California Judge Combines Embryonic Stem Cell Research Lawsuits

Bioethics   |   Steven Ertelt   |   Aug 5, 2005   |   9:00AM   |   WASHINGTON, DC

California Judge Combines Embryonic Stem Cell Research Lawsuits Email this article
Printer friendly page

by Steven Ertelt Editor
August 5, 2005

Sacramento, CA ( — A California judge on Thursday combined two lawsuits seeking to stop funds from the group set up by Proposition 71 from distributing grants for human cloning and embryonic stem cell research. Groups filing the lawsuits say the committee set up by the ballot proposal has violated various state laws.

Alameda County Superior Court Judge Bonnie Sabraw decided to transfer a Sacramento case to her courtroom and combine it with another lawsuit she’s about to hear. Backers of the controversial committee were hopeful she would do that to expedite the case so they can begin raising money for the grants.

The first lawsuit, filed in Alameda County by People’s Advocate and the National Tax Limitation Foundation, taxpayers groups, says Proposition 71 is unconstitutional because state money goes to an agency that is not directly under the management or control of the state.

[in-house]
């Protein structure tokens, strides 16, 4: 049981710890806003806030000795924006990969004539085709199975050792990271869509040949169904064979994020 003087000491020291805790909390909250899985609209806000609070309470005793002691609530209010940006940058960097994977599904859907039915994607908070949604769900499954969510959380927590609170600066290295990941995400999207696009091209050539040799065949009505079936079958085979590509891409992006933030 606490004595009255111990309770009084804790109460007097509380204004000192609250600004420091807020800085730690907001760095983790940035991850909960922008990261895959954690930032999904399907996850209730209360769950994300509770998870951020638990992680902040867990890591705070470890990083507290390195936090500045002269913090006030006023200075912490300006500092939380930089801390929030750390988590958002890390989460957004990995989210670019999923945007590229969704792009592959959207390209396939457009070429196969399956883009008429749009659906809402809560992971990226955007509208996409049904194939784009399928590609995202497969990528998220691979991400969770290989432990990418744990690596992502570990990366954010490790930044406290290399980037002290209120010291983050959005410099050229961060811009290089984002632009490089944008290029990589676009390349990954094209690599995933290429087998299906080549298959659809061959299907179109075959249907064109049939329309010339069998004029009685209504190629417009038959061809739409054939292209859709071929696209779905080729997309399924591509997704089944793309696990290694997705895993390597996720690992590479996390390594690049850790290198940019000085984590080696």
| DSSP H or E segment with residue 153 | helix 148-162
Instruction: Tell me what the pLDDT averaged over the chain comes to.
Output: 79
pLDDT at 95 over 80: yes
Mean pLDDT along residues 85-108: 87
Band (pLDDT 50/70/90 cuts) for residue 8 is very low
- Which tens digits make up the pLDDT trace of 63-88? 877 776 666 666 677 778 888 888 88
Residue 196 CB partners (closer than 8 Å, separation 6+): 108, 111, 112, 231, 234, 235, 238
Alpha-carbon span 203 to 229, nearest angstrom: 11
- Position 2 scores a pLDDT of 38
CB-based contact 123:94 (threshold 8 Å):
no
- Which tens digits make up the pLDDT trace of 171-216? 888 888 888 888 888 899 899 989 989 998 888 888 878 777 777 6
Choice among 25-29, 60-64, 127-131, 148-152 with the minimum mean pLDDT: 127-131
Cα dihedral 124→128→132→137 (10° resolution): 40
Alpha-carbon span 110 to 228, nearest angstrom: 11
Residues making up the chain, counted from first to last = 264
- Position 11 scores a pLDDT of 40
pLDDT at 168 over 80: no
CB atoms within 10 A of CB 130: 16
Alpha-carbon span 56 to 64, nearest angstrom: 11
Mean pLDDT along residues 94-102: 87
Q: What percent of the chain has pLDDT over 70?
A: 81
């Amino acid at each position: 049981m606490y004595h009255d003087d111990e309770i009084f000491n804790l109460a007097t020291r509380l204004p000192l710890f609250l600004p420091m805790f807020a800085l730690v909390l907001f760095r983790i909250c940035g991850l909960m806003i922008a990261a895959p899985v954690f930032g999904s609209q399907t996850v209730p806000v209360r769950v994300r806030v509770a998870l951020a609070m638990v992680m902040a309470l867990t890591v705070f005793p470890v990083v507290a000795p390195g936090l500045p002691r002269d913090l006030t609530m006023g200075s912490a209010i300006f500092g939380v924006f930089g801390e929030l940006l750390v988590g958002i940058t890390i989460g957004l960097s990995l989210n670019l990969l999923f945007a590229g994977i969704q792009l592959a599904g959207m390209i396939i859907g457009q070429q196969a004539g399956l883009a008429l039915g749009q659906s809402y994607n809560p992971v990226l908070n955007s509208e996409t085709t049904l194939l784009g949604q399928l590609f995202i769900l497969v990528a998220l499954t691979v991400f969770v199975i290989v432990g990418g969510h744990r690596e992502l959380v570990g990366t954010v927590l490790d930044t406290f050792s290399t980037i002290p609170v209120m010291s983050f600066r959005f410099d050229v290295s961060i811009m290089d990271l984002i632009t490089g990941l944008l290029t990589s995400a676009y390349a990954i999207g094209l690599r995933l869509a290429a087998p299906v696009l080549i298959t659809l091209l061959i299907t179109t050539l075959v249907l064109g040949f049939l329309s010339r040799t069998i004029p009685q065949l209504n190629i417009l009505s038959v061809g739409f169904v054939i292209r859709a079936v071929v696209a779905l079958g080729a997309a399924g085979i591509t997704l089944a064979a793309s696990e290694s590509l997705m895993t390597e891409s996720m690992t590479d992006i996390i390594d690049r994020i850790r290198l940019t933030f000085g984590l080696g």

The second, filed in Sacramento by attorney David Llewellyn on behalf of the California Family Bioethics Council, seeks to stop the grants on the argument that members of the committee have conflicts of interest because they are among those who will likely be recipients of the $3 billion in tax dollars.

"We don’t want them to get any funding at all — whether it’s bonds or money from the state treasury — because they are not a state agency," who filed the Alameda lawsuit.

Talking about his lawsuit, Llewellyn told the Contra Costa Times newspaper, "We’re very concerned that this $3 billion is going to go to people who have inside status."

James Harrison, a lawyer representing the panel, said the decision means the group will have to fight only one lawsuit battle and Sabraw’s decision would expedite the process. However, a decision is unlikely to be handed down until early next year.

Advocates of embryonic stem cell research deplore the lawsuits because they have effectively shut down the initial round of grants planned for May. The committee can’t sell bonds to raise money for the grants with the lawsuit pending because they could wind up being worthless.

As a result, the committee has obtained a $3 million loan from the state and received a $5 million donation from audio equipment magnate Thomas Dolby.

They’re hoping to disburse the first grants this fall for a training program for students studying embryonic stem cell research.

The committee also hopes to sell $200 million in bond anticipation notes that could be purchased by disease-fighting charitable groups that back embryonic stem cell research. Should the bonds lose their value, they could write off the losses on their taxes.

However, Llewellyn and Cody promise additional legal filings if that happens.